Welcome to a conversation on the power of language.
This blog was initiated by the publisher Diiarts in October 2010, and I took over editing it on their behalf in 2011. More recently I have incorporated it into my own blog.
You can read all past and current posts on the Power of Language here, and the url www.poweroflanguage.net still works fine. What follows is Diiarts’ original post setting out the idea.
A few weeks ago, one of our number received an e-mail link to a Guardian “Comment is Free” article. The e-mail was headed, “The power of language”, and our colleague got quite excited. The article was a let-down – it turned out to be a rather intemperate political rant, flinging scorn and slight regard at anyone whose views differed with those of the author. But the subject line of the e-mail got us thinking, and we began to develop the idea of a project – or at least a discussion – on the power of language.
The idea is very much in its infancy, but in broad terms, it will be about the aspects of language that are in danger of being lost in this world of text-speak and tweets – the finer nuances of language; the poetic element; the turning of a phrase that conveys more than just a surface meaning.
We’re starting with a few questions:
What is language for, other than basic communication?
What can language do, beyond the merely utilitarian?
What is the publisher’s role in supporting and fostering an appreciation of the richness of language?
“Project” is perhaps a rather grand title for this idea. Projects tend to have project plans, milestones, outcomes, things like that. We actually want to open a discussion in the first instance, or perhaps get involved in discussions that others are having.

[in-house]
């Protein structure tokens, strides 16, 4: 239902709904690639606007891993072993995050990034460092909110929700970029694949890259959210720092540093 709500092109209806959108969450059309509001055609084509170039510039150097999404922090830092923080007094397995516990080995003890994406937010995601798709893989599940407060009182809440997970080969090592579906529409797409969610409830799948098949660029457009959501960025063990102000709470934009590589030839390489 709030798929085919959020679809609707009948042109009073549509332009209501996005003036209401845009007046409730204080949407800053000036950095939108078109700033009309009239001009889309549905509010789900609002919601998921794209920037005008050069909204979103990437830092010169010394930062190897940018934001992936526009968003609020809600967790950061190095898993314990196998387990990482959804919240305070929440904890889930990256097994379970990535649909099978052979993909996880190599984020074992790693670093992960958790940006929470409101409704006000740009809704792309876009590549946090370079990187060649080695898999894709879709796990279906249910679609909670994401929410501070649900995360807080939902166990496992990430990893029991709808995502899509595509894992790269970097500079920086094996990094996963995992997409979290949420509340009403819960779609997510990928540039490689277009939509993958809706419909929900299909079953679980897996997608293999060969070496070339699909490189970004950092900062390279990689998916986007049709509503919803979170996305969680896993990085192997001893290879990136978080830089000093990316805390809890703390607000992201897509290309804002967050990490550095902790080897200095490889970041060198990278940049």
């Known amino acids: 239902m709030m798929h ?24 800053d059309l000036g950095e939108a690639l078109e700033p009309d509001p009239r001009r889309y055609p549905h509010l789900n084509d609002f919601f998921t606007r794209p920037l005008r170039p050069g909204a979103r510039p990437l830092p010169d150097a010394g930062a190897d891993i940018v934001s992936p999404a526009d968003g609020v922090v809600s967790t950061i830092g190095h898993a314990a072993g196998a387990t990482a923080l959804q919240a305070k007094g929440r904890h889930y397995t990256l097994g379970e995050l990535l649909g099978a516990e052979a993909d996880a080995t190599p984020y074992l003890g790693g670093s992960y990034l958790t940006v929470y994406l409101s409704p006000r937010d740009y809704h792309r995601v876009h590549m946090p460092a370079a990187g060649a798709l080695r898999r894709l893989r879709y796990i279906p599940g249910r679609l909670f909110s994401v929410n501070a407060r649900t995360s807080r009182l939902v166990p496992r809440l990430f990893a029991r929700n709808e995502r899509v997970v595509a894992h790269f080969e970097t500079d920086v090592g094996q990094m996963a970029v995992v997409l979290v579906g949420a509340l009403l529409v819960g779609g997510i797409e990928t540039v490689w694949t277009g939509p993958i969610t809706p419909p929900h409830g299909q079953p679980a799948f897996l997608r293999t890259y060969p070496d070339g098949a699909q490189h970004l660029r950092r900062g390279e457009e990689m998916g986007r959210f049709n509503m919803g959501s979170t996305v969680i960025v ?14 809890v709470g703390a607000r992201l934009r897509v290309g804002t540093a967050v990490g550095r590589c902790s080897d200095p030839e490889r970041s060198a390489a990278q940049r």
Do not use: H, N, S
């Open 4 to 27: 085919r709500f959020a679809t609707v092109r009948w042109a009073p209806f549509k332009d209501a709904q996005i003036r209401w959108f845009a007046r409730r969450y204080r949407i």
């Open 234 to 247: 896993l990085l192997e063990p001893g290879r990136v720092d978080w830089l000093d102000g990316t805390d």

But alongside all the discussion about text-speak and its impact on literacy, about multi-million dollar lawsuits arising from poor punctuation, even about the demise of the English language itself – alongside all these we reckon there’s still room to talk about and to celebrate the power of our language in all its vigour, variety and versatility.
In the meantime, though, texts and tweets are a part of life. One of our partners was heard to ask the other day: “Why shouldn’t we express ourselves lucidly and eloquently in 140 characters?” So let’s take a look, too, at what can be achieved in so few words. Here’s our contribution: 110 characters by Gerard Manley Hopkins:
I have desired to go Where springs not fail, To fields where flies no sharp and sided hail And a few lilies blow.
This has got to be a better use of 110 characters than your average tweet… “Up by myself! Neisha n Quan r takin a nap but I’m not slpy! #bored w/ nttn tu do“. It’s got to be a more significant, more enduring, use of language – a higher aspiration for communication – than the average text… “R u goin 2 town l8r?“.
Any more nominations for 24 carats encapsulated in 140 characters?